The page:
Why should any plan that emanates form the current national debate on health care reform include legal immigrants? The answer should be obvious: legal immigrants are lawful -- and in many cases permanent -- residents of the United States. They work -- with government authorization -- and pay taxes into the system just as U.S. citizens do and, thus should be able to access federal benefits that guarantee the protection of basic human rights.
The issue revolves around whether legal immigrants must continue to wait five years before they become eligible for Medicaid, which is the current law (otherwise known as “the five-year ban”), and whether the five-year ban should be extended to legal immigrants of higher incomes who otherwise would become eligible for subsidies to buy health insurance.
Opponents say legal immigrants are not U.S. citizens and that any plan should only include U.S. citizens. They also suggest that the cost of including legal immigrants would be prohibitive. The truth is that the numbers do not support such claims.
According to the non-partisan Kaiser Foundation, non-citizens have less access to health care and receive less primary health care than U.S. citizens, but they are also less likely to use the emergency room. A July 2009 article in the American Journal of Public Health supports this claim.
According to the Immigration Policy Center, the average immigrant uses less than half the dollar amount of health care services than the average native-born U.S. citizen. This is because they are usually younger, healthier and less likely to use medical services, and due to the fact that U.S. citizens make up 78% of the non-elderly uninsured.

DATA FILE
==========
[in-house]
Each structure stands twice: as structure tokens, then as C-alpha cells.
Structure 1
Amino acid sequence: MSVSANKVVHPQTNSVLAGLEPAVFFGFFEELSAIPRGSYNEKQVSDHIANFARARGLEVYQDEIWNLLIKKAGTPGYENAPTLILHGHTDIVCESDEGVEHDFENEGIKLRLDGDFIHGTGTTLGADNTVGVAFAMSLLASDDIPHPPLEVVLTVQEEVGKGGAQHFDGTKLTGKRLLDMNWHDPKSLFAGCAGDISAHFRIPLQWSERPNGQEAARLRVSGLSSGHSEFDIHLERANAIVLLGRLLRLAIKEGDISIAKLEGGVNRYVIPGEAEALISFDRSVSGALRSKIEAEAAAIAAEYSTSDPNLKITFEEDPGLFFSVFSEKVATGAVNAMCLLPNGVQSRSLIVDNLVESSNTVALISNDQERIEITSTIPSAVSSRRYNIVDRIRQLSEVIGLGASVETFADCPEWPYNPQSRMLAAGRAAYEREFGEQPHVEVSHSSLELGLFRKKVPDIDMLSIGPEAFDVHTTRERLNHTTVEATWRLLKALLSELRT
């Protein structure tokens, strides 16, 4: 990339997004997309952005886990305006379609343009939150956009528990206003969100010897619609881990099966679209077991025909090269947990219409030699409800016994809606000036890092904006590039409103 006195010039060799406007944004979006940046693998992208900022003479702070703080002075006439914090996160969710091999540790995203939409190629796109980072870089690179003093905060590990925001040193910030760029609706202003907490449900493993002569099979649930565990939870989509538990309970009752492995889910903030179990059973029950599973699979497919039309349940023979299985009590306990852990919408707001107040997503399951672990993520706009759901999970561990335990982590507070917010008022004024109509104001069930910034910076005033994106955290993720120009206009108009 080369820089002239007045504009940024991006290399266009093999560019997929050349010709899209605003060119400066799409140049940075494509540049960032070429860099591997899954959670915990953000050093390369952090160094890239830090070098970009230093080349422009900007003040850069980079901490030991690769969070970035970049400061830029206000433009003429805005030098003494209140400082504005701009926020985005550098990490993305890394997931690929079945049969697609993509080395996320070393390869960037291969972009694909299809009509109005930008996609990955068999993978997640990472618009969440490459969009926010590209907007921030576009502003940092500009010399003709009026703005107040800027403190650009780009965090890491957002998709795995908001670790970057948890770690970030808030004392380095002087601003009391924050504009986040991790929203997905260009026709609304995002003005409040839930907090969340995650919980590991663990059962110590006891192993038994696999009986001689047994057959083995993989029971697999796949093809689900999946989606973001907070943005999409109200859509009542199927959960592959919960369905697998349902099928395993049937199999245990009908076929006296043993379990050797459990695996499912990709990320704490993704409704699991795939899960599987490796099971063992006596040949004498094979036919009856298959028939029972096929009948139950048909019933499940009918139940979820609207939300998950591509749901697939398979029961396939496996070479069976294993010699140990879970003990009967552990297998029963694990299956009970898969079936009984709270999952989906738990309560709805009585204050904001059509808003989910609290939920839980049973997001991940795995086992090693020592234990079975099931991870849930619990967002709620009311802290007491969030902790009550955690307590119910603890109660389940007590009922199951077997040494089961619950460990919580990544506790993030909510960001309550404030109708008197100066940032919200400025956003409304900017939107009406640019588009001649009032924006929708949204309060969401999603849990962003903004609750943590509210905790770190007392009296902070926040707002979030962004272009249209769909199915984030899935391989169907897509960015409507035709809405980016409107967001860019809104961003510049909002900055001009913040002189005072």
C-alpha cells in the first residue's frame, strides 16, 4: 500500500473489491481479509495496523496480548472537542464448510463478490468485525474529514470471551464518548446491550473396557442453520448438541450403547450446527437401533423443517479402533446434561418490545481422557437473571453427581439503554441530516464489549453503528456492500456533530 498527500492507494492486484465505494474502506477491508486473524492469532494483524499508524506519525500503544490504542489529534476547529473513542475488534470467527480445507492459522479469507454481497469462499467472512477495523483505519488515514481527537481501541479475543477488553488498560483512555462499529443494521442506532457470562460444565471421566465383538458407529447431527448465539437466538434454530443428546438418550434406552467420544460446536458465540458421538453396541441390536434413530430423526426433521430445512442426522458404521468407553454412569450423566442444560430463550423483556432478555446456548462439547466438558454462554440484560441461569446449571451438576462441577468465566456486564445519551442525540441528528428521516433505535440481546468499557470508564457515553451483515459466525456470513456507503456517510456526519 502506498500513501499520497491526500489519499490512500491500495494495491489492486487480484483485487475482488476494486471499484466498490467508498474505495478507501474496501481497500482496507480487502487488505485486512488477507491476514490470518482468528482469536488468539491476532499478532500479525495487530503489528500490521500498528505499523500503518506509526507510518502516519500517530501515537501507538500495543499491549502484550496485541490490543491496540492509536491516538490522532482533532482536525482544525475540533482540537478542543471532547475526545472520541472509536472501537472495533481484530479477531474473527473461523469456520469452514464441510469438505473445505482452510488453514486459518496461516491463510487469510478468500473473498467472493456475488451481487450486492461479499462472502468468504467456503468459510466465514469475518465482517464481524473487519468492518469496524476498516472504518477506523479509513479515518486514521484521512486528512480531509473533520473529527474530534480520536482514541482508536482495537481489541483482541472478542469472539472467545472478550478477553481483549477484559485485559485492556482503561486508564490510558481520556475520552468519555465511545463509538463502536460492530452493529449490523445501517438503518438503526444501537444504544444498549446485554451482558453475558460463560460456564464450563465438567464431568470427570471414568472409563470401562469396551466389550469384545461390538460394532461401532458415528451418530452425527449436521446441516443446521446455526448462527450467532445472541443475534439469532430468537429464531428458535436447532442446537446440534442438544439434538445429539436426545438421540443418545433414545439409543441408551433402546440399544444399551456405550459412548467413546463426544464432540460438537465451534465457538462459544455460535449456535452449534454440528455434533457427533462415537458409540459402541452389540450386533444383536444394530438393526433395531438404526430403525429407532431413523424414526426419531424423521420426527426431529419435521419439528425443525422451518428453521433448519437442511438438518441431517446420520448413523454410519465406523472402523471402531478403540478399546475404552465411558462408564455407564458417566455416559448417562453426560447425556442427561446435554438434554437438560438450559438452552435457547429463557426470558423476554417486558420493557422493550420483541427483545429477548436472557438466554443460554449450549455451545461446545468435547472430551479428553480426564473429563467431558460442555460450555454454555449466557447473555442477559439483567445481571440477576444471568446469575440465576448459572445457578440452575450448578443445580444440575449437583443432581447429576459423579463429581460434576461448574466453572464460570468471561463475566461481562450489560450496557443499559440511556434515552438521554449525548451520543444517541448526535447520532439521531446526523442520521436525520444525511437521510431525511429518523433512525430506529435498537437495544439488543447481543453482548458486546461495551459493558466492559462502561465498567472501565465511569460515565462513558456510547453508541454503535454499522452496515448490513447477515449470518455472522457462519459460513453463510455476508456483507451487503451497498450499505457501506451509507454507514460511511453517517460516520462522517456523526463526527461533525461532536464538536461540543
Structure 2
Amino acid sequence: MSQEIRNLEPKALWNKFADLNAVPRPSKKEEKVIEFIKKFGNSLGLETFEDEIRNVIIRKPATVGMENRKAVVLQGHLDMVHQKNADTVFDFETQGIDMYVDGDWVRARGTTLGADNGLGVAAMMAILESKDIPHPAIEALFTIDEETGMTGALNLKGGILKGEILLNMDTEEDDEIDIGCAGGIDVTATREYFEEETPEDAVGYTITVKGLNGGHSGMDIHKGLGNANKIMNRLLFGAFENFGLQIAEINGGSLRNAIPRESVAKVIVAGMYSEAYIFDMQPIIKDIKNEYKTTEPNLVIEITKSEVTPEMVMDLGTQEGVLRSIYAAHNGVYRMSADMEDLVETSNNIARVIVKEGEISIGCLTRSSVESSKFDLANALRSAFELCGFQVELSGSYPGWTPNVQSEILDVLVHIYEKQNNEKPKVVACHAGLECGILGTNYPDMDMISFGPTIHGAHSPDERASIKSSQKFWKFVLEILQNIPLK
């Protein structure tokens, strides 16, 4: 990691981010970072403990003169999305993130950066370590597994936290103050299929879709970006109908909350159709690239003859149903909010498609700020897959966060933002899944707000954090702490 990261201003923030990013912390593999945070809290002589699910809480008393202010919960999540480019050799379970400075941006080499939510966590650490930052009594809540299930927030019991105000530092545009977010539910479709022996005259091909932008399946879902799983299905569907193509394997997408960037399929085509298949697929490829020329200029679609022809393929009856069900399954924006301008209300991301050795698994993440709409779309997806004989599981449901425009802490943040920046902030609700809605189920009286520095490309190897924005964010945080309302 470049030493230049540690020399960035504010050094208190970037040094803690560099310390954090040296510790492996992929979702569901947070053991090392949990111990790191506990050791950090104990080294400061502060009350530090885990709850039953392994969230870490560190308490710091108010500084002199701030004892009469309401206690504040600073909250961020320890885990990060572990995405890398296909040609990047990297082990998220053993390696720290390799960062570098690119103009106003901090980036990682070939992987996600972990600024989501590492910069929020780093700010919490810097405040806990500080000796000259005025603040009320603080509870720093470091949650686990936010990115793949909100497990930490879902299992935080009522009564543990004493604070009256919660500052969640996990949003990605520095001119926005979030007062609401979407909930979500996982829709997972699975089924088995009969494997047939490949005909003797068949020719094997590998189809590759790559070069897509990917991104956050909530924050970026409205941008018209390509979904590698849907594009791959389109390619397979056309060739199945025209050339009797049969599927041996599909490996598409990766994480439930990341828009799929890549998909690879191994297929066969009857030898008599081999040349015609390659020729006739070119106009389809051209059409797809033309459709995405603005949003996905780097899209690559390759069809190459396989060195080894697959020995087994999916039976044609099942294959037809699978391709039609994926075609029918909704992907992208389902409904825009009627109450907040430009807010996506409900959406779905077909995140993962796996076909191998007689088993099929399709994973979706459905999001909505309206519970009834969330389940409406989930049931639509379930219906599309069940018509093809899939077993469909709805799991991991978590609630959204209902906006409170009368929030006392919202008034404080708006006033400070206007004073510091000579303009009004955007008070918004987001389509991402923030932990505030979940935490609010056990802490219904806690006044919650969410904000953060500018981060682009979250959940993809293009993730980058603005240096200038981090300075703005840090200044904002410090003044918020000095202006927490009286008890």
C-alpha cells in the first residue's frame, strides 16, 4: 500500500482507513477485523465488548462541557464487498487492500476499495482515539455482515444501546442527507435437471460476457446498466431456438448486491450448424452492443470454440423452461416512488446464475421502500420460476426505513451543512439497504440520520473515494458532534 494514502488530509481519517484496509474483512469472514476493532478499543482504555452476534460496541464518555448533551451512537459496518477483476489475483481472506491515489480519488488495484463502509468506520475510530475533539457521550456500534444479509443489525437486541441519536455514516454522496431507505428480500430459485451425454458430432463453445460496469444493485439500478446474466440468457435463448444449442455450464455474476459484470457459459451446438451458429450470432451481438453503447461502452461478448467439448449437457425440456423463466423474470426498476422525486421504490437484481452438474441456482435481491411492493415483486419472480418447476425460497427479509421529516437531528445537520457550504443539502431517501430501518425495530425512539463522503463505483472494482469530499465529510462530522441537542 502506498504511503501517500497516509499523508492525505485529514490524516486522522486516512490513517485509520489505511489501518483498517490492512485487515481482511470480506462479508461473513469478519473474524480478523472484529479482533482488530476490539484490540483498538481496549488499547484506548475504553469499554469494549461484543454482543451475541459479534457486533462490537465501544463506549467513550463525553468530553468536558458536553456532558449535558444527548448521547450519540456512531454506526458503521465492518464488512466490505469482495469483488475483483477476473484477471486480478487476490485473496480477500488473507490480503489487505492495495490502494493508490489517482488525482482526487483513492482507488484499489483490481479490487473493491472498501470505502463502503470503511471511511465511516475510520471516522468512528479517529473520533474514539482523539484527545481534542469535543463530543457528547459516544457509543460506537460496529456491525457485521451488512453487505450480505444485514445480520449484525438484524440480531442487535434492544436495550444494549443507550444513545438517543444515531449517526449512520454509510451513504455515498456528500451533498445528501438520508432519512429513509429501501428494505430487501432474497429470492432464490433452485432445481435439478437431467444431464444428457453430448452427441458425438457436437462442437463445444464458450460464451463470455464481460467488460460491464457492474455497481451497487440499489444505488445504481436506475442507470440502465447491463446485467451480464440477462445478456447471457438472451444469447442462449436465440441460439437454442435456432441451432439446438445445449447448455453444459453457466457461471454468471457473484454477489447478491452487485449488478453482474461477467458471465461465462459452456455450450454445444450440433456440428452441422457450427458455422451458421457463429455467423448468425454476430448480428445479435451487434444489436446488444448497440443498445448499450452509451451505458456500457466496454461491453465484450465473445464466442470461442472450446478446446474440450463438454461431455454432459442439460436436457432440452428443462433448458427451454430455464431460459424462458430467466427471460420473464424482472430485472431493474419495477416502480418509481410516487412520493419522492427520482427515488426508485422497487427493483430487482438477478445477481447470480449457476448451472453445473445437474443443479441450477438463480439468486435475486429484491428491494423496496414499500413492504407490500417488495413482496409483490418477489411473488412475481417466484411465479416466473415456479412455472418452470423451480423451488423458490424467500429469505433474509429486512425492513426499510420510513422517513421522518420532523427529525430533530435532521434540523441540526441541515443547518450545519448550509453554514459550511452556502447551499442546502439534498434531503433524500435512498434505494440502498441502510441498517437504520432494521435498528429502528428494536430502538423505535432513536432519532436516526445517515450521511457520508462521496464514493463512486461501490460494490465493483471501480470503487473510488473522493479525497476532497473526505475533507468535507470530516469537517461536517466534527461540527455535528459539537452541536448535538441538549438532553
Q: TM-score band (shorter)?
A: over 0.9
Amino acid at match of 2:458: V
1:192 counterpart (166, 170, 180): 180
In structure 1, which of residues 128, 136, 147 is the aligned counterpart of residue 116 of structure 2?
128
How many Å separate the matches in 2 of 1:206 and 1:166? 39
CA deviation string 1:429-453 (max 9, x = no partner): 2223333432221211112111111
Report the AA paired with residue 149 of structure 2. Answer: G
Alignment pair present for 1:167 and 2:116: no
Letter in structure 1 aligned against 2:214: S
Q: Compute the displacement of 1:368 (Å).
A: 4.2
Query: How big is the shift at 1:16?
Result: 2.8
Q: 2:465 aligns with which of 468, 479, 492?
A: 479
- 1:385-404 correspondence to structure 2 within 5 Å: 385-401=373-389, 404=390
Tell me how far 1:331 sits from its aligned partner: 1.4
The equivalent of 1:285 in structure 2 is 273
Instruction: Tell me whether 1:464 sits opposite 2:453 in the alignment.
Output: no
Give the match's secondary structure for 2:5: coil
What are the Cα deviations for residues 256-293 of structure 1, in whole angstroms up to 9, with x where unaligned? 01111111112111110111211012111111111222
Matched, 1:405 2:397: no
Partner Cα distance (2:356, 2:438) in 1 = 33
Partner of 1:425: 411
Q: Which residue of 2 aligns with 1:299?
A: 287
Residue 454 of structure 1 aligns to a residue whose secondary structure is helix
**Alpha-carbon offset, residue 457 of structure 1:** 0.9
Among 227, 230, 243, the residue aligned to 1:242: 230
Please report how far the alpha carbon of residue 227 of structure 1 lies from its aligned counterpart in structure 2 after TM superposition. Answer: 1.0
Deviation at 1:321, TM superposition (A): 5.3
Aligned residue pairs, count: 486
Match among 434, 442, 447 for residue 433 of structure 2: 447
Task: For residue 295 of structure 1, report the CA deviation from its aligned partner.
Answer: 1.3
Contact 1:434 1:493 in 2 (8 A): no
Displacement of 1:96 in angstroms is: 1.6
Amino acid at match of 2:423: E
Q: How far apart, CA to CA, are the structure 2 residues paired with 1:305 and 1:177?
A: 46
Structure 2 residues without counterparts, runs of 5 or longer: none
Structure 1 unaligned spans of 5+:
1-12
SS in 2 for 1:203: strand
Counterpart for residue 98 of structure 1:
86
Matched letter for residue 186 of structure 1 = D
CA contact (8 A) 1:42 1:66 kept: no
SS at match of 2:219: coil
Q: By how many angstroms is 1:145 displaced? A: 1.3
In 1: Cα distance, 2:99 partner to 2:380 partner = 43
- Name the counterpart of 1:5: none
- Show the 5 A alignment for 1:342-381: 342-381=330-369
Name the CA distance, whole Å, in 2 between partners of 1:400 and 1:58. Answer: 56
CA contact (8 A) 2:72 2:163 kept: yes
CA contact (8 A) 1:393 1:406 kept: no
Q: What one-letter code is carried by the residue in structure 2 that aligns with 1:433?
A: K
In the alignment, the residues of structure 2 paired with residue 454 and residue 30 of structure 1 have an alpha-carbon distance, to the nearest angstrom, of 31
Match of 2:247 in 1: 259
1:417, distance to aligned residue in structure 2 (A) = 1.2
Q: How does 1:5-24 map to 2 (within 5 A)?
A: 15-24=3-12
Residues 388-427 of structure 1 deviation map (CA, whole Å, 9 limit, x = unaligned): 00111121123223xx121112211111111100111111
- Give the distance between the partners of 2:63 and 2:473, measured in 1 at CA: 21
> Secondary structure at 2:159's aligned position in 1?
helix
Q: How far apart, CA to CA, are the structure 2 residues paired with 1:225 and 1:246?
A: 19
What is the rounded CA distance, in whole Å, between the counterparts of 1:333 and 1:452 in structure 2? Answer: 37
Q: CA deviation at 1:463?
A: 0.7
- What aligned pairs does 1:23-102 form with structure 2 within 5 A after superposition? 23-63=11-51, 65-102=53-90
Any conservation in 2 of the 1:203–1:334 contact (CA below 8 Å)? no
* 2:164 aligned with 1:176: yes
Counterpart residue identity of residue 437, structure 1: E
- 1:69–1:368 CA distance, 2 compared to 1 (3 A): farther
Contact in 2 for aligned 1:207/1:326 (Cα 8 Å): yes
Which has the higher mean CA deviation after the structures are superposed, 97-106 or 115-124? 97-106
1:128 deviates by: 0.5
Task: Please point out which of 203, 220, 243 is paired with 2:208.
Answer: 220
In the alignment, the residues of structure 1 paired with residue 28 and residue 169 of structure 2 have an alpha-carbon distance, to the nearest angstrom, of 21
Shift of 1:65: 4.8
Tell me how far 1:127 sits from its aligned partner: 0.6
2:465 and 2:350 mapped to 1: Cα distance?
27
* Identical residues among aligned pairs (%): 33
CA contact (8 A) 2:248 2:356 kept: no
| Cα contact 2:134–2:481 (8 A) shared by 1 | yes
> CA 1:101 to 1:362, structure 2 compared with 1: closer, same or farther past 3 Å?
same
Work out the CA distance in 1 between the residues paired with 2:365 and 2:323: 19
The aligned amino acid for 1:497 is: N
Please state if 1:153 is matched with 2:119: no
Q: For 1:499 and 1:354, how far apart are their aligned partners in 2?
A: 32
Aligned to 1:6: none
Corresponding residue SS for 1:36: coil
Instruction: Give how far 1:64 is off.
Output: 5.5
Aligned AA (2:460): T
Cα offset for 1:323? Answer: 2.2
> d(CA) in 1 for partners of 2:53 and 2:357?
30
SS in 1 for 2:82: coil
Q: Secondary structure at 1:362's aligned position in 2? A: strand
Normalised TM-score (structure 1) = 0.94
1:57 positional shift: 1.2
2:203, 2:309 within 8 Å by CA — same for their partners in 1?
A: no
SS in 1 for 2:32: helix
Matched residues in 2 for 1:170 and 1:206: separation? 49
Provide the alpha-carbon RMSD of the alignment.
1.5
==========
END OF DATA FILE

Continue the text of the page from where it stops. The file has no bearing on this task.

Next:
Opponents of the inclusion of legal permanent residents should check their math. When health costs are distributed across a broader pool of people, who in addition tend to use those services less, the overall costs for everyone goes down.
Earlier this year, legal immigrant pregnant women and children became eligible for the State Children’s Health Insurance Program (SCHIP). All pregnant women and children, regardless of their immigration status, should receive coverage to ensure that newborns are healthy and children receive regular check ups and vaccinations.
Legal immigrants pay into the system, so they should be able to access the benefits, just like everyone else.
The United States recognized that health care is a universal human right when it signed on the Universal Declaration of Human Rights on December 10, 1948 (see Article 25). We have, however, a less than convincing record on upholding this right for our population. Forty-seven million uninsured people are a powerful witness against us.